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The EdinburghsThe Kents

The Dukes of Kent and Gloucester at the forefront of The King’s mind when making decision about the new Duke of Edinburgh

Almost 24 years ago in 1999, Queen Elizabeth II, Prince Philip and the then Prince Charles agreed that one day, Prince Edward and Sophie would become the Duke & Duchess of Edinburgh.

The announcement was made on the couple’s wedding day in June 1999, with Prince Edward one day destined to become Duke of Edinburgh.

On March 10th 2023, the 59th anniversary of Edward’s birth, The King officially conferred the dukedom upon his younger brother.

However, rather unusually, when Prince Edward dies, the dukedom will once again become extinct, reverting to the Crown.

This is despite Edward having an heir in his son, James, now the Earl of Wessex.

When his father dies, the Earl will not become Duke of Edinburgh, and will likely hold the Earldom of Wessex for the rest of his life.

Why might this be in what looks to be a change to many centuries of conventions?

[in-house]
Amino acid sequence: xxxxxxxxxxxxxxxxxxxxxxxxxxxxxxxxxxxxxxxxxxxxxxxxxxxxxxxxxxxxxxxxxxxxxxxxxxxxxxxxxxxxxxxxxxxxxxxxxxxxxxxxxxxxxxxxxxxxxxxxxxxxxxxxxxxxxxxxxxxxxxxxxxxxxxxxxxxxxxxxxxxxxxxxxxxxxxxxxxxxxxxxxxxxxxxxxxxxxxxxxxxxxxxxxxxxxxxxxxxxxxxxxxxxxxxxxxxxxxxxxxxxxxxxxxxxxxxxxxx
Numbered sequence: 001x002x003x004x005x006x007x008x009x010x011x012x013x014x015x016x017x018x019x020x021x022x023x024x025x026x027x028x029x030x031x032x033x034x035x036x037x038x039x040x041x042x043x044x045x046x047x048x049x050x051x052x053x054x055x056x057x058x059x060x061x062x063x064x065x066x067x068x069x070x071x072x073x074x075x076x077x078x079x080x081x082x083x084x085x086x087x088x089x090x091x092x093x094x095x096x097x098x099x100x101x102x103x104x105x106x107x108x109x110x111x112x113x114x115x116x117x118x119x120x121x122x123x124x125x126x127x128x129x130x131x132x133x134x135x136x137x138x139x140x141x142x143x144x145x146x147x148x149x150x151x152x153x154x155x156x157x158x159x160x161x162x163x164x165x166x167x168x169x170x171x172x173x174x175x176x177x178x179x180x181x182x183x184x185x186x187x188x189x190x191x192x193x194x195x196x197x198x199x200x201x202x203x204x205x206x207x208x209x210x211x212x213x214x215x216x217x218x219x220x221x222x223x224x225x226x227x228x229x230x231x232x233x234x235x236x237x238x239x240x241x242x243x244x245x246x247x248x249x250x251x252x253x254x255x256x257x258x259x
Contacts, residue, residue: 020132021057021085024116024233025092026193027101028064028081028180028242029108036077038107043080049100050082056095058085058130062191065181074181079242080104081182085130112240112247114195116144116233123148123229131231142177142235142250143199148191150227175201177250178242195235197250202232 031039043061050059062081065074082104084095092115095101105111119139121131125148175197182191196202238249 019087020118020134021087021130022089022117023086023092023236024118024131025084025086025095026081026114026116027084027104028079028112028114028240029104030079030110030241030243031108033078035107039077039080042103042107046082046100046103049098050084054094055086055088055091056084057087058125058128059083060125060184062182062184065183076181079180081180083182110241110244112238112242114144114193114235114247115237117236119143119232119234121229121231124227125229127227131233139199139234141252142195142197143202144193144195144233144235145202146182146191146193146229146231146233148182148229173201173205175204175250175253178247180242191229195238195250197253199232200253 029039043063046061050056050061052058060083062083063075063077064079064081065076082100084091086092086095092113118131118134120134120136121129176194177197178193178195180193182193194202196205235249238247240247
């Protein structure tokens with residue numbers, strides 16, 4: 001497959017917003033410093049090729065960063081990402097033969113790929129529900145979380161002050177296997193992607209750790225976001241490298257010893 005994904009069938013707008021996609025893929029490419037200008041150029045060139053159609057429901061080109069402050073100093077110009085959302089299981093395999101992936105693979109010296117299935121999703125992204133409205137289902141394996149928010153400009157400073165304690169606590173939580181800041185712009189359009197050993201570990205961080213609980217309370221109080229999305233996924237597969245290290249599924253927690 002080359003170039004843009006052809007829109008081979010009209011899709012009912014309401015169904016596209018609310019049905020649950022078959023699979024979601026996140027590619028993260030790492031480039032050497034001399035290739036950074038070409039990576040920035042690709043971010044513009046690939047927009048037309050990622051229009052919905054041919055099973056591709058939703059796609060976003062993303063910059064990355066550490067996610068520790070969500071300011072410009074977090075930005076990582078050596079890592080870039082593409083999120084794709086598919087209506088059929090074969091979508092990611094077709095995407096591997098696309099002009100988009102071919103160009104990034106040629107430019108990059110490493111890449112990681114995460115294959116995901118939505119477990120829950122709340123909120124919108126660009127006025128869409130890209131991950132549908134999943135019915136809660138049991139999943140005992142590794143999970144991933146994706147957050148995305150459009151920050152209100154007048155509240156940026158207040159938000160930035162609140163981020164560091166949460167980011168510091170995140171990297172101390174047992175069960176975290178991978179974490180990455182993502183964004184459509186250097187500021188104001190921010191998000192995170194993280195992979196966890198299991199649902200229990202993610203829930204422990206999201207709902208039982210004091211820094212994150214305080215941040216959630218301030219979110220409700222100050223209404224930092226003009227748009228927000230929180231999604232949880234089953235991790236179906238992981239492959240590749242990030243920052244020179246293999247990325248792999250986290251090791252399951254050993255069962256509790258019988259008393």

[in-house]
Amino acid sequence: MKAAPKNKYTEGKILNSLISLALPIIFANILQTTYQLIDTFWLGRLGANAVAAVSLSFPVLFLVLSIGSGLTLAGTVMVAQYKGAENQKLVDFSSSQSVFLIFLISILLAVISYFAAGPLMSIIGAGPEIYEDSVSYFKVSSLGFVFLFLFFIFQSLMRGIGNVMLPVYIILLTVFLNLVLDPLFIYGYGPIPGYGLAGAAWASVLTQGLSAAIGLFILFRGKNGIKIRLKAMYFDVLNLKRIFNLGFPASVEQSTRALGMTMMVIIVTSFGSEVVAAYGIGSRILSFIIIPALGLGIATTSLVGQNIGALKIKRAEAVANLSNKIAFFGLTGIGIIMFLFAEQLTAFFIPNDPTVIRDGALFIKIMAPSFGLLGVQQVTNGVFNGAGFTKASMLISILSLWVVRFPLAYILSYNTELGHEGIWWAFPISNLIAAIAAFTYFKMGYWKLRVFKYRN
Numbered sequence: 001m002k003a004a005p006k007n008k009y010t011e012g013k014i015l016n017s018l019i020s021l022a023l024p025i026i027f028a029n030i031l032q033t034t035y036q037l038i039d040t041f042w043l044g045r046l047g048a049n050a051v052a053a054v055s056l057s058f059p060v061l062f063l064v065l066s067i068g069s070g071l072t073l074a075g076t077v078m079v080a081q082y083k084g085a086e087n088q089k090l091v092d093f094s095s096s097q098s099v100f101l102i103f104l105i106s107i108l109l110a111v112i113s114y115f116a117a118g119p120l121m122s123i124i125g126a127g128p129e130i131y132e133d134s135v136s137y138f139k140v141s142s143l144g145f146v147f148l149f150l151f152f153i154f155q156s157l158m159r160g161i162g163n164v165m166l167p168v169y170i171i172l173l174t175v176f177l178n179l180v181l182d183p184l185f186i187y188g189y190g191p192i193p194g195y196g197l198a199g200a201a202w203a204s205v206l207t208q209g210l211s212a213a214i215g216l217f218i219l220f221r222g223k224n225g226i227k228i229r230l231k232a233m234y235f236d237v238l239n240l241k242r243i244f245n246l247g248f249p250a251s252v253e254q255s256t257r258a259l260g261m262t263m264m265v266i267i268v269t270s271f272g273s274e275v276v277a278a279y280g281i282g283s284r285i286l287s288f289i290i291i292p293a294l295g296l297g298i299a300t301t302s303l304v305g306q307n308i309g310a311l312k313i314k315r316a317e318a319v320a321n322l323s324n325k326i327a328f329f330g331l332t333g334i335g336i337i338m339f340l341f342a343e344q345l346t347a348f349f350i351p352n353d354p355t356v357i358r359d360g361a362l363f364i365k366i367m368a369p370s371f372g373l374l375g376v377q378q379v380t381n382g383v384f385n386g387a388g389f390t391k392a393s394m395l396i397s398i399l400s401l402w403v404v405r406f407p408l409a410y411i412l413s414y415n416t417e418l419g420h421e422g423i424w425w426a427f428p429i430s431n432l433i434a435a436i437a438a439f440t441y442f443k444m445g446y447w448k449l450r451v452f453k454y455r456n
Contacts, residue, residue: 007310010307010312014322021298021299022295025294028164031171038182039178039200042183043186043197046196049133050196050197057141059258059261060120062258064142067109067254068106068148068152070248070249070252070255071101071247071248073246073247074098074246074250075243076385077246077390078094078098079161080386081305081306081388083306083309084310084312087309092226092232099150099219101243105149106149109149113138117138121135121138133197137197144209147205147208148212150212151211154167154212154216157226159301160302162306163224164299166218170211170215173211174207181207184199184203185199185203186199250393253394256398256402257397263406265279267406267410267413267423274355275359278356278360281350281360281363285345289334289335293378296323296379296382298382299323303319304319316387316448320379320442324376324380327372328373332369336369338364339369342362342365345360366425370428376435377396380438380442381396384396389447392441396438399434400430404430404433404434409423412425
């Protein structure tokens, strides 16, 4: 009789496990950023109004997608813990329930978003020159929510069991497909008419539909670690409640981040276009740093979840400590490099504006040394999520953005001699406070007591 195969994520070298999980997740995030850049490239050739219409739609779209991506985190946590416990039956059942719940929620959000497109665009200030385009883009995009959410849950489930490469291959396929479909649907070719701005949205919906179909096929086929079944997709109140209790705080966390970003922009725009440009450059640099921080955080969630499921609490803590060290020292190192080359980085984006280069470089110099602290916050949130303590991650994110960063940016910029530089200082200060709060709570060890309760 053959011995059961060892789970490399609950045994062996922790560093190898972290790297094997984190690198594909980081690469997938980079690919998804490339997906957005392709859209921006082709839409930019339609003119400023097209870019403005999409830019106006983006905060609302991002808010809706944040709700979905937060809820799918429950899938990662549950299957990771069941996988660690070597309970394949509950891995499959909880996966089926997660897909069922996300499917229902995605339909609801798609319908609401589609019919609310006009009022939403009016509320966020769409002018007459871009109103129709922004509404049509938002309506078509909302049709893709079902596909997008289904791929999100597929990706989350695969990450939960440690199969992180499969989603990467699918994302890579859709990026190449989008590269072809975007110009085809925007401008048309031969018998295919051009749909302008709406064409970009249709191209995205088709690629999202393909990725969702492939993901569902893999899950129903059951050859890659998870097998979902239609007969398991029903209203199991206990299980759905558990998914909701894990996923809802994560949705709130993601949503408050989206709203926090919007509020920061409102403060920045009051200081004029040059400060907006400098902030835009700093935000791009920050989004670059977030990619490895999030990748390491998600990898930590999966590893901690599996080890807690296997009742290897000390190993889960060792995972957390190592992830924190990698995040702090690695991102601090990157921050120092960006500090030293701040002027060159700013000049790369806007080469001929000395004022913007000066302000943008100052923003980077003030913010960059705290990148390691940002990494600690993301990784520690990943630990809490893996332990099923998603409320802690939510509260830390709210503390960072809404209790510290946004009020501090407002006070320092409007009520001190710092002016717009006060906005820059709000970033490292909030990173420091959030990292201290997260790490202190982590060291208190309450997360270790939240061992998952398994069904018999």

Part of the reason might be The King’s approach to streamlining The Royal Family, and not wanting to hand out any further Dukedoms.

Something His Majesty will acutely be aware of is the situation with the Dukedoms of Kent and Gloucester.

In just a generations time, neither of the Dukedoms will be held by a senior member of The Royal Family.

The current Duke of Kent has an heir – the Earl of St Andrews. Likewise, his grandson, Lord Downpatrick is second-in-line to become Duke of Kent.

Therefore, the future of that particular Dukedom is secure, with the title unlikely to return to the Crown.

The same is true for the Dukedom of Gloucester, with Alexander Windsor next in line to become Duke of Gloucester. Prince Richard’s grandson, Xan, is second-in-line.

This means that both the Dukes of Kent and Dukes of Gloucester of the future will be extended members of The Royal Family, and will not hold senior roles.

King Charles was likely to have considered this information when stipulating that the Dukedom of Edinburgh would only last for Prince Edward’s lifetime.

It is unlikely that the 15-year-old Earl of Wessex will ever be a working member of The Royal Family, and should he one day have an heir, the Dukedom would become even further distant.

This does not fit in with The King’s vision of monarchy, with His Majesty keen to streamline The Royal Family.

Research by Lydia Starbuck